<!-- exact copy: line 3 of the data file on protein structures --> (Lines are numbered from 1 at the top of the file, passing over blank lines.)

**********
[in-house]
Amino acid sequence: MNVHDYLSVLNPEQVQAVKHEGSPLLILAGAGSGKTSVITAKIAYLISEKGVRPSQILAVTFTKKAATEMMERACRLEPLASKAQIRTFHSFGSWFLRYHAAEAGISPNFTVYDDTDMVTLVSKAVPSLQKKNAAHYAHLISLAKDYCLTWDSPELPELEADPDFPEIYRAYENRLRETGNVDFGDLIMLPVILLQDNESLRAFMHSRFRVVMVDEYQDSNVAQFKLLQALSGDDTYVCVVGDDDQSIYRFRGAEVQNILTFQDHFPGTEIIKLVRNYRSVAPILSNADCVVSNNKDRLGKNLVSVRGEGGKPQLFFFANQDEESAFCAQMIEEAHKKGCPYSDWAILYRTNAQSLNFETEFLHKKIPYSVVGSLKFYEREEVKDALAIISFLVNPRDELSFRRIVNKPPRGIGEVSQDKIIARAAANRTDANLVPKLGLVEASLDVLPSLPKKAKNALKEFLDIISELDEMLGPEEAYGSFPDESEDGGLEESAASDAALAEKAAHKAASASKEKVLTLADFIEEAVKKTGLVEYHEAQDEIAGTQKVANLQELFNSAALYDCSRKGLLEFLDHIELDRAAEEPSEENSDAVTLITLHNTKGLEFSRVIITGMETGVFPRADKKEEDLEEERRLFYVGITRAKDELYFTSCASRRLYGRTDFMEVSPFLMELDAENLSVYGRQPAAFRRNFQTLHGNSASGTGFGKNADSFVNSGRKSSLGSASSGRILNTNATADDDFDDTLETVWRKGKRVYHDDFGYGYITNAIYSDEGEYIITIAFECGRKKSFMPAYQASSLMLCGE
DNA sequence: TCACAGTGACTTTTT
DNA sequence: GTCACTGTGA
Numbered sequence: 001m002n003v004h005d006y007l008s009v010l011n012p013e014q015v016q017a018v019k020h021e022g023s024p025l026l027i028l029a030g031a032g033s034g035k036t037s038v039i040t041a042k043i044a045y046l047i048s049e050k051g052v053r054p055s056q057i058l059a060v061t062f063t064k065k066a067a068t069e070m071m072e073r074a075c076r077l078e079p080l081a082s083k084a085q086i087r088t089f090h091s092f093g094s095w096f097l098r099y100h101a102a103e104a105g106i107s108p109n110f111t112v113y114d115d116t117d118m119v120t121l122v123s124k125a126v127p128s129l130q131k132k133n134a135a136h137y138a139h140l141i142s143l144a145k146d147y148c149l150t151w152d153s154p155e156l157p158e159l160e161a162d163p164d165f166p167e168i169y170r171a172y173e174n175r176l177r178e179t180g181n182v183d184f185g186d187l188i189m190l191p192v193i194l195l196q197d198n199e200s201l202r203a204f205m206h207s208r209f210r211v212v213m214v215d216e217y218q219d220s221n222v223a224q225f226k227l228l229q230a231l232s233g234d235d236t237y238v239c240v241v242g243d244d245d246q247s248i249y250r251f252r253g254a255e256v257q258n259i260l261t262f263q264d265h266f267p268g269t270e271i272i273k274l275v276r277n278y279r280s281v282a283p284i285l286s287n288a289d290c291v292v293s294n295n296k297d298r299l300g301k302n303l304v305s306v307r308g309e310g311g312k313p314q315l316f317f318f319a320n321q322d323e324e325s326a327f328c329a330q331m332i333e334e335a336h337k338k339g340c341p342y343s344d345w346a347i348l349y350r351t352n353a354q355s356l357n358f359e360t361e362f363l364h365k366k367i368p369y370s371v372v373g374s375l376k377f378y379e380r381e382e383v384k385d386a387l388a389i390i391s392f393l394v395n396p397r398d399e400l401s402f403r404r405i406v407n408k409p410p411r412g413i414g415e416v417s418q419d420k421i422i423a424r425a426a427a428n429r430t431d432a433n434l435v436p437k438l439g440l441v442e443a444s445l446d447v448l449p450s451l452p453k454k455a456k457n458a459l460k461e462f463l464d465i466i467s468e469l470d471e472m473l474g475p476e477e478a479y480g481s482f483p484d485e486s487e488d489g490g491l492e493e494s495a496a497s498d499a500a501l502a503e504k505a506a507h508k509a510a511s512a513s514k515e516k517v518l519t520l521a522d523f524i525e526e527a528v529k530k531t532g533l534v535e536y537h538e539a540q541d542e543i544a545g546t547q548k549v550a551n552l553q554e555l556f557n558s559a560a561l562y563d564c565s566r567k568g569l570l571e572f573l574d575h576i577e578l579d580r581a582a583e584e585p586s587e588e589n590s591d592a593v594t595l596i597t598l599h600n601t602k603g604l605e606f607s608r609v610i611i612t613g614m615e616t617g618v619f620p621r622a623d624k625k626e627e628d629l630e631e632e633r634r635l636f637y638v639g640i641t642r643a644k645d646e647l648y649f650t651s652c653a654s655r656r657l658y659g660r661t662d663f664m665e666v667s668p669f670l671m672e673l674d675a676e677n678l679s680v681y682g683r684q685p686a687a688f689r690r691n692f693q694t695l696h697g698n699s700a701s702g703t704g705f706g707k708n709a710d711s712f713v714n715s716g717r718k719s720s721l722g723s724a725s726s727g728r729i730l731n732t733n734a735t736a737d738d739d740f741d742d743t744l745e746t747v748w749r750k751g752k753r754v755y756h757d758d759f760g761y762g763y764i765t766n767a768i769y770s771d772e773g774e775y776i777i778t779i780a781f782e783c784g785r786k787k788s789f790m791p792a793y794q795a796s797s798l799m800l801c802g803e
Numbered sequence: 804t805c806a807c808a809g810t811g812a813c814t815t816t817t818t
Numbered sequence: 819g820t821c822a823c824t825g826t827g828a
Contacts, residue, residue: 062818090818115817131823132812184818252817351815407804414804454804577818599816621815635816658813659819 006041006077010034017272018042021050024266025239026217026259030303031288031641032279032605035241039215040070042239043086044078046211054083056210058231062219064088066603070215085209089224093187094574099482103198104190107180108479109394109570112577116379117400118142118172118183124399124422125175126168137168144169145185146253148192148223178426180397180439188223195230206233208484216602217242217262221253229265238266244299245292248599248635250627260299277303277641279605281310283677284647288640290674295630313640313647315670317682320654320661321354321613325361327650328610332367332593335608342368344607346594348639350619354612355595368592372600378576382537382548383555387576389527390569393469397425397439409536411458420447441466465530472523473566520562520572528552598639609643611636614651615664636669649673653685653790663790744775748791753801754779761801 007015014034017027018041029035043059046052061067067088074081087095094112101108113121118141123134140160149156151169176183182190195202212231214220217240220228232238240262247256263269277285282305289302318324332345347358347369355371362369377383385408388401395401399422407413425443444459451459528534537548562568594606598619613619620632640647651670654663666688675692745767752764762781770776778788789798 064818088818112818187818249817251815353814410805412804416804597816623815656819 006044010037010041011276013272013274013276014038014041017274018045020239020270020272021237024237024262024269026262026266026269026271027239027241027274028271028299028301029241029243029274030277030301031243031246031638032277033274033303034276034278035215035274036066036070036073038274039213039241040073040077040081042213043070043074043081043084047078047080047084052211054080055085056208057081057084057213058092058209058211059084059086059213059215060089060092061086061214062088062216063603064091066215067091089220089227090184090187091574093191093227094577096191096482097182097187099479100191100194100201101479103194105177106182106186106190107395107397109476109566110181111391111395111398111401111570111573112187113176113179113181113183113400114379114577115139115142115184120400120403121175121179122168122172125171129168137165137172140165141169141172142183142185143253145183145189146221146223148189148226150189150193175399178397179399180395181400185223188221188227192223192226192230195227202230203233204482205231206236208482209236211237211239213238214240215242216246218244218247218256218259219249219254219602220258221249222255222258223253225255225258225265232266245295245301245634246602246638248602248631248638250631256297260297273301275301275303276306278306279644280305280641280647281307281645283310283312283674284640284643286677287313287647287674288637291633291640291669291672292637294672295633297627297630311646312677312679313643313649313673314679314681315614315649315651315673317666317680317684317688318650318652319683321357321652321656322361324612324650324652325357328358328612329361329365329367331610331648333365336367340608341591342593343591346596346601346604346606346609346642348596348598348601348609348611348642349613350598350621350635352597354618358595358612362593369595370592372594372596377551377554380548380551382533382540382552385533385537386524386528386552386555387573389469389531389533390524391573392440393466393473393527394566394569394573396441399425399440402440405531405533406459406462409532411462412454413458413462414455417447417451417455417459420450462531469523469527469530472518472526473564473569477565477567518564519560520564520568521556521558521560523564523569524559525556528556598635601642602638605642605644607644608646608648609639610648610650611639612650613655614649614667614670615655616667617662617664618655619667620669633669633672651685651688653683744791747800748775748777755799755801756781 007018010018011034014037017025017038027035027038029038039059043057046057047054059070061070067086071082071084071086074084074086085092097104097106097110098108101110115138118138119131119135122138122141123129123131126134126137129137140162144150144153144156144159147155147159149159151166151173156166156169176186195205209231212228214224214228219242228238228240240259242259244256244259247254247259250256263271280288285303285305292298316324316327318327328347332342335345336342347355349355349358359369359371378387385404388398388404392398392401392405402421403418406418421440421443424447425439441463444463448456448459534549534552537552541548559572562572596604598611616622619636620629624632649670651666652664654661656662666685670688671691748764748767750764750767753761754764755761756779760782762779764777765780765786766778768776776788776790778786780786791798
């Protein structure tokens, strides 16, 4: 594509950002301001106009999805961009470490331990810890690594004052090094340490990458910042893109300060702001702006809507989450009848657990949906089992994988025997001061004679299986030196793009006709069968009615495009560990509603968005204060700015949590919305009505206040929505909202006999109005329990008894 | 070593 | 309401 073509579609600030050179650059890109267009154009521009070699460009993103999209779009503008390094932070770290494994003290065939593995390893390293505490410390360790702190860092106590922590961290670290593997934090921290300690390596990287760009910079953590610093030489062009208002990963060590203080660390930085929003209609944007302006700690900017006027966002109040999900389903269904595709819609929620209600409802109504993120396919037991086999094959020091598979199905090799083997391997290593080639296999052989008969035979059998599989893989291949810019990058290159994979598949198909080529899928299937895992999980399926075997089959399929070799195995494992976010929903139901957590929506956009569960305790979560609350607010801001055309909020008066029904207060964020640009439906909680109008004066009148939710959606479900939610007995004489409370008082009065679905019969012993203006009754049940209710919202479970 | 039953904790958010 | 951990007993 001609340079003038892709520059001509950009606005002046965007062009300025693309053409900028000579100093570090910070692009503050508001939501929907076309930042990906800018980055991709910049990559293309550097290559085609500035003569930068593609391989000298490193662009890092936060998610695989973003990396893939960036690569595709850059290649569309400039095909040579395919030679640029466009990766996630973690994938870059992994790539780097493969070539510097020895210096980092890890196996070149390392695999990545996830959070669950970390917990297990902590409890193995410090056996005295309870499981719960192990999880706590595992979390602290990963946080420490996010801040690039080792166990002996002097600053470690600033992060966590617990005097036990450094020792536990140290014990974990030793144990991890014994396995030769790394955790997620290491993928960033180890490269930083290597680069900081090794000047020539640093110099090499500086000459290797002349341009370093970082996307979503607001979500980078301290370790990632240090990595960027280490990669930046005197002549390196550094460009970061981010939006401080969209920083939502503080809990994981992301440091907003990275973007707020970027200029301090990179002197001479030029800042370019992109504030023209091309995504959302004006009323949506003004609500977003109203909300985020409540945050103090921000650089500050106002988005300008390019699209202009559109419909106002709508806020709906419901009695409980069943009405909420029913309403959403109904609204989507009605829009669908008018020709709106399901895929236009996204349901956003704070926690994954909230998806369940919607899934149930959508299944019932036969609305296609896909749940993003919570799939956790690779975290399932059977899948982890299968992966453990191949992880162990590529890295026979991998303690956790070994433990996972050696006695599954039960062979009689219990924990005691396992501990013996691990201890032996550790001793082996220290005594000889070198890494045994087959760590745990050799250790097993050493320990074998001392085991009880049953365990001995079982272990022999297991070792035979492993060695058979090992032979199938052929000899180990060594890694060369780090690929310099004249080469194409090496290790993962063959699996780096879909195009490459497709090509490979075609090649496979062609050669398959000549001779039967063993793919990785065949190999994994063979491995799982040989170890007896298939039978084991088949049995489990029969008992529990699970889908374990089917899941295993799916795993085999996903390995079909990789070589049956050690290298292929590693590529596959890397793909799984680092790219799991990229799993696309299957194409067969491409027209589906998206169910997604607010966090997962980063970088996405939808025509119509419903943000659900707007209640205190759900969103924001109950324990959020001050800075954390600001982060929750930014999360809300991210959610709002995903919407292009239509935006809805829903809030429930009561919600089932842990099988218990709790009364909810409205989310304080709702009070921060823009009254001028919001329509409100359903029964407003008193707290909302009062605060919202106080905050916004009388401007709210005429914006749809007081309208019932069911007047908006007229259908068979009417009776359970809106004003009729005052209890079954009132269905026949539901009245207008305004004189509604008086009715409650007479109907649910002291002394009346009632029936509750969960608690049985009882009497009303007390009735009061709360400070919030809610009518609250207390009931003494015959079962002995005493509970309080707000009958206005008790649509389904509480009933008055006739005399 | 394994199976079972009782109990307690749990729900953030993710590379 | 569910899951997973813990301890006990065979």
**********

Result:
DNA sequence: TCACAGTGACTTTTT